It is important to note the distinction between the two variants of WordPress. WordPress itself is a content management software (CMS) that is free and open source, commonly used to power blog-style websites (though it is certainly not limited to that). Anyone can download WordPress for free from, then install it and set it up on their web host of choice (though many web hosts offer automated installers these days too). WordPress’s parent company, Automattic, also has a WordPress hosting service called, which offers both free and paid WordPress sites. These plans have limitations on them unless you get into the higher price tiers, and while they may be a good option for some beginners, I do not recommend them for the means of this guide.

But why not use a website builder like Squarespace or Wix?

Squarespace and Wix are, like the podcast hosts I’ve previously discussed, great options for some people. The process of setting up a website through them is arguably much easier than doing it with WordPress (though WordPress isn’t too hard). The problem is that you are then locked into using Squarespace or Wix. So if Squarespace suddenly raises their prices or decides they don’t want to do business with you or their service otherwise goes down the toilet, you can’t bring your Squarespace website to another host. You have to start over and recreate your website elsewhere. With WordPress, even if your host shuts down, you can pick up and move your WordPress site wherever you want with relative ease.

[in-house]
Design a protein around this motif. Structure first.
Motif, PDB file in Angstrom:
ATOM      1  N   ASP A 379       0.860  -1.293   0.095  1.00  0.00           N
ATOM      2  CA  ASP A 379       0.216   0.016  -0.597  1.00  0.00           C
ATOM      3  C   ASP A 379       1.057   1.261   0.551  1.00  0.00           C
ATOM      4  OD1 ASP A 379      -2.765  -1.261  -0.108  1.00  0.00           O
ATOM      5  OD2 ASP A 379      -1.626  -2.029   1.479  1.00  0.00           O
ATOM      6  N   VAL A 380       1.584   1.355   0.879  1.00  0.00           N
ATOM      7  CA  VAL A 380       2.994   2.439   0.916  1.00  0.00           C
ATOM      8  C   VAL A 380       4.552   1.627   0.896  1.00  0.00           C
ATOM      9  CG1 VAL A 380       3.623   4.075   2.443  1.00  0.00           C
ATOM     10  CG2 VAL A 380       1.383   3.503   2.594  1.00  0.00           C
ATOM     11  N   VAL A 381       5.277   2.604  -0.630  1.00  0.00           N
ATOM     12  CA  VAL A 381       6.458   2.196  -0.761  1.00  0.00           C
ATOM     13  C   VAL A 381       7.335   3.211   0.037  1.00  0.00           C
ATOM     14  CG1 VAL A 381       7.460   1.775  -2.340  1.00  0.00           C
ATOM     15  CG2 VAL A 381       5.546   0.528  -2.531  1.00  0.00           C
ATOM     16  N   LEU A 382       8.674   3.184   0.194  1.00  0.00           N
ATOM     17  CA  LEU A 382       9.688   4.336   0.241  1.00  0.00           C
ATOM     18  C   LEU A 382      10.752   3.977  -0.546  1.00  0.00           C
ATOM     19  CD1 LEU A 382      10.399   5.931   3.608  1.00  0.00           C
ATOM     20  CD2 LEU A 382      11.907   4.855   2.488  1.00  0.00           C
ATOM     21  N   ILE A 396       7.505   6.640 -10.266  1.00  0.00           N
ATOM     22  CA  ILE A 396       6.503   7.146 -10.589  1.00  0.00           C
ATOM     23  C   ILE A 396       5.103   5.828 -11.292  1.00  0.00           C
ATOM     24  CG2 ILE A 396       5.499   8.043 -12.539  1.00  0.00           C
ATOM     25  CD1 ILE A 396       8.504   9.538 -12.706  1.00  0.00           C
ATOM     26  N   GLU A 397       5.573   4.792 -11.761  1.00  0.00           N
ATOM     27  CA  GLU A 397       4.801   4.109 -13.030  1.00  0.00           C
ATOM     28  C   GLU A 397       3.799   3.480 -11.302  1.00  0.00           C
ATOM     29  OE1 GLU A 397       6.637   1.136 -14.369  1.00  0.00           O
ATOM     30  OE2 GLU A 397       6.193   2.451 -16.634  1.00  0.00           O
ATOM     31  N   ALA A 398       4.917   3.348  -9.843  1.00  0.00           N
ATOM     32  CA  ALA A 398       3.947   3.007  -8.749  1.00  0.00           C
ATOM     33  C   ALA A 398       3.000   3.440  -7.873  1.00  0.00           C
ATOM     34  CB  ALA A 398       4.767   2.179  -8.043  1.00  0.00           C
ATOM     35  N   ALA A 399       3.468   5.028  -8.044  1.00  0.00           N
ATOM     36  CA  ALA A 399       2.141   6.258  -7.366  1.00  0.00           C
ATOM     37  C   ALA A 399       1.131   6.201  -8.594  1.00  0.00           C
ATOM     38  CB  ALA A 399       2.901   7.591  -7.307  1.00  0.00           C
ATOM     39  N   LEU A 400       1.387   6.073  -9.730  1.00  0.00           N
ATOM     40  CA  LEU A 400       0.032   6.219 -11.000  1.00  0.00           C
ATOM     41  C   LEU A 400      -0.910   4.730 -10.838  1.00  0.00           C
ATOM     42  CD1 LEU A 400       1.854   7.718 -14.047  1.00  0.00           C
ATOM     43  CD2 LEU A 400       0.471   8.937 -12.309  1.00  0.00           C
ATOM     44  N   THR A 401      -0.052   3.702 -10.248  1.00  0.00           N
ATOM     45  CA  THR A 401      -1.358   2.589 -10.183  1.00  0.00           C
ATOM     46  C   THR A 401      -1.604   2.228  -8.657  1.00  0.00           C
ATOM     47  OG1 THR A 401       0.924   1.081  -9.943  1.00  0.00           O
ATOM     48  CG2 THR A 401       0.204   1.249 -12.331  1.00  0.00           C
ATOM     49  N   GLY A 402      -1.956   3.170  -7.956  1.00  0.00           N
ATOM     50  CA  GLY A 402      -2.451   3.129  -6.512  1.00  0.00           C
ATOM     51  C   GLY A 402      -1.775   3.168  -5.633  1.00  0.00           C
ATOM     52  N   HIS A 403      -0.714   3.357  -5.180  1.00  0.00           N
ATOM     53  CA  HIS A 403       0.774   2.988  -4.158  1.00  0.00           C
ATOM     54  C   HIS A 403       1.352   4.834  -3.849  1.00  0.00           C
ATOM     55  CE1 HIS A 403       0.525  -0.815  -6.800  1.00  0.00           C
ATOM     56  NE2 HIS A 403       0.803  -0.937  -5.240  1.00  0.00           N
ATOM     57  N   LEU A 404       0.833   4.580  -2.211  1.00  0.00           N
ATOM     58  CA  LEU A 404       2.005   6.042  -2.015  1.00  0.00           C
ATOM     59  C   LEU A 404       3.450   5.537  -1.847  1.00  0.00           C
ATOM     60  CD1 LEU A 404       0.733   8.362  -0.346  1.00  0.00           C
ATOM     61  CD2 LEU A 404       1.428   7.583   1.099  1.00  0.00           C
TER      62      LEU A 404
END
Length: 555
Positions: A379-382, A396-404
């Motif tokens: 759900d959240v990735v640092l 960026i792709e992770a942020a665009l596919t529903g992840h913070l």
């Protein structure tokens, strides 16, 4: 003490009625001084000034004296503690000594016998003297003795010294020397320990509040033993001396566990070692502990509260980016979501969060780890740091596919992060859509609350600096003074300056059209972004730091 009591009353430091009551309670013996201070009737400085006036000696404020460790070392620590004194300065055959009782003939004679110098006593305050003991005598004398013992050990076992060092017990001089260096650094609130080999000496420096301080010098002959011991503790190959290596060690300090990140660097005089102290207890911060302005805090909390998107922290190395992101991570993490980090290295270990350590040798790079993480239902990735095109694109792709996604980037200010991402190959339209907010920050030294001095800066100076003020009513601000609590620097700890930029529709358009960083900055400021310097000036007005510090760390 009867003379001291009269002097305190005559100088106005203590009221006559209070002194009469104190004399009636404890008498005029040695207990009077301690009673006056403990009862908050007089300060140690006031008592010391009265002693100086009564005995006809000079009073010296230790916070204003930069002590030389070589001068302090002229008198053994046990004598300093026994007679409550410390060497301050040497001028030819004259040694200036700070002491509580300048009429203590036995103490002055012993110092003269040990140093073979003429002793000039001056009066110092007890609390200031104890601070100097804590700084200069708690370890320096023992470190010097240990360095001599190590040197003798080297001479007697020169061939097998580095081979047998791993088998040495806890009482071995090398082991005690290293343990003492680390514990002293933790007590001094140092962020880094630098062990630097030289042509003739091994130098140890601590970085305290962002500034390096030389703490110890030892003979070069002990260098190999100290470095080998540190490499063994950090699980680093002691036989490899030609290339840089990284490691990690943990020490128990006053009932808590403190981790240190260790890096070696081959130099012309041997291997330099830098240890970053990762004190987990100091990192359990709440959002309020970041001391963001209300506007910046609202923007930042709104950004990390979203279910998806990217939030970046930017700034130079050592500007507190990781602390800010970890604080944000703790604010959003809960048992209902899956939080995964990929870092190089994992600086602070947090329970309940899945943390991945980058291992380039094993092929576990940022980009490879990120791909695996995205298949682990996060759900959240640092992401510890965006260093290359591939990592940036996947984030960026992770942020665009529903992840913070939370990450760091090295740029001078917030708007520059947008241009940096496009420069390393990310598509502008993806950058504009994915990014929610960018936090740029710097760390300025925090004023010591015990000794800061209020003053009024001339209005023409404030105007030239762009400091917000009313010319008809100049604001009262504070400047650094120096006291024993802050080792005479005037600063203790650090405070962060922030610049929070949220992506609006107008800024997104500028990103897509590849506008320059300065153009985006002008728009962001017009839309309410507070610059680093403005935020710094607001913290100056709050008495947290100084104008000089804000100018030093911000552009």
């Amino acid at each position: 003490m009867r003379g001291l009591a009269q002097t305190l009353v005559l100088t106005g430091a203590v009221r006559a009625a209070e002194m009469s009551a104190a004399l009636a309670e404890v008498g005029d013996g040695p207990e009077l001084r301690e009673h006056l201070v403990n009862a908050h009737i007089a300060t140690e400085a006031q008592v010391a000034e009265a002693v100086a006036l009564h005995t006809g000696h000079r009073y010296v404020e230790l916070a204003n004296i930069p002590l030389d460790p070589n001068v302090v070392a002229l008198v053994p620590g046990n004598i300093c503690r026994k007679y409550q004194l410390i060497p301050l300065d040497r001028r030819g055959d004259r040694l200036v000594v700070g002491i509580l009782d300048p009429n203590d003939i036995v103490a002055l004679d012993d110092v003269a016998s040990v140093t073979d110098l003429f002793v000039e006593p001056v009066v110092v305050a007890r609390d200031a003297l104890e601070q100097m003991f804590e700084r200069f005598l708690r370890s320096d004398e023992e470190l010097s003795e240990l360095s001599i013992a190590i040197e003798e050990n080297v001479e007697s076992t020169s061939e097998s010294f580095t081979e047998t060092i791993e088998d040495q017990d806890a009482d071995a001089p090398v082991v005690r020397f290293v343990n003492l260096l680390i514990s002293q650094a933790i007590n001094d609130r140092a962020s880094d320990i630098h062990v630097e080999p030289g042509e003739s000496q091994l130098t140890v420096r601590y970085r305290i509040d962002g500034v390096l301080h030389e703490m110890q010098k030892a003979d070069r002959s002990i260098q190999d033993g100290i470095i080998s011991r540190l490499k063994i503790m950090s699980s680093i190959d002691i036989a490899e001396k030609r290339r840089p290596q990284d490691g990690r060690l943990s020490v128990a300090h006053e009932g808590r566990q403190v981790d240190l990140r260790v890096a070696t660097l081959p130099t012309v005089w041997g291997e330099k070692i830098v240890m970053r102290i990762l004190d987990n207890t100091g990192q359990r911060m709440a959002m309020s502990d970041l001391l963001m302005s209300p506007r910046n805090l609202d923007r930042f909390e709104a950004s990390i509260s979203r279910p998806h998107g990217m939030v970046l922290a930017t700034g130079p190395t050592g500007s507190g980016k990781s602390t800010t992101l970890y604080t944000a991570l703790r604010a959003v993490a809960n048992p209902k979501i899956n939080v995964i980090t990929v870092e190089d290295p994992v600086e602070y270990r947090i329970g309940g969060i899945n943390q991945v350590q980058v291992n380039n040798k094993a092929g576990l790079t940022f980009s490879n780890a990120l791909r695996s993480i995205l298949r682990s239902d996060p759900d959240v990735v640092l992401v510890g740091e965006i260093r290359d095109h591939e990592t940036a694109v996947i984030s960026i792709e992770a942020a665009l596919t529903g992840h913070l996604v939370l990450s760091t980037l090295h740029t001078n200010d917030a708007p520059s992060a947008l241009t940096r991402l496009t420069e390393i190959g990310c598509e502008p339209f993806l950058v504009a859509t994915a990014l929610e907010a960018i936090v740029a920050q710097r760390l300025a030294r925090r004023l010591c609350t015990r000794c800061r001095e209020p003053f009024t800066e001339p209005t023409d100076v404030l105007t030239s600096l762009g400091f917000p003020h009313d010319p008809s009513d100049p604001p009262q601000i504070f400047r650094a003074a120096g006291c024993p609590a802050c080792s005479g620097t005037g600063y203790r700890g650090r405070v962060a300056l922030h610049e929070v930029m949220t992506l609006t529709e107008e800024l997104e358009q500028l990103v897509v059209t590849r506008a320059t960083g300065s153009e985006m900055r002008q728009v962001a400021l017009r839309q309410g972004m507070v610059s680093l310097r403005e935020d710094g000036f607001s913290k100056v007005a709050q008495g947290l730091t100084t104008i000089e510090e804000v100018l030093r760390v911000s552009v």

So with a CMS selected, the next step is finding a host. I’ve bounced around a fair amount over the years; started on a Vultr server managed by ServerPilot, then an OpenLiteSpeed server on Digital Ocean. Those were my dives into Linux server administration, which I found fun and valuable experiences, but it can be a real headache, too. Services like Vultr and Digital Ocean offer a lot for a little (I was paying $2.50/mo then $5/mo respectively), but they are unmanaged. You’re responsible for setting up, securing, and maintaining the server yourself, and while services like ServerPilot or Runcloud can automate a lot of that for you, it’s more time and effort than most people want to invest.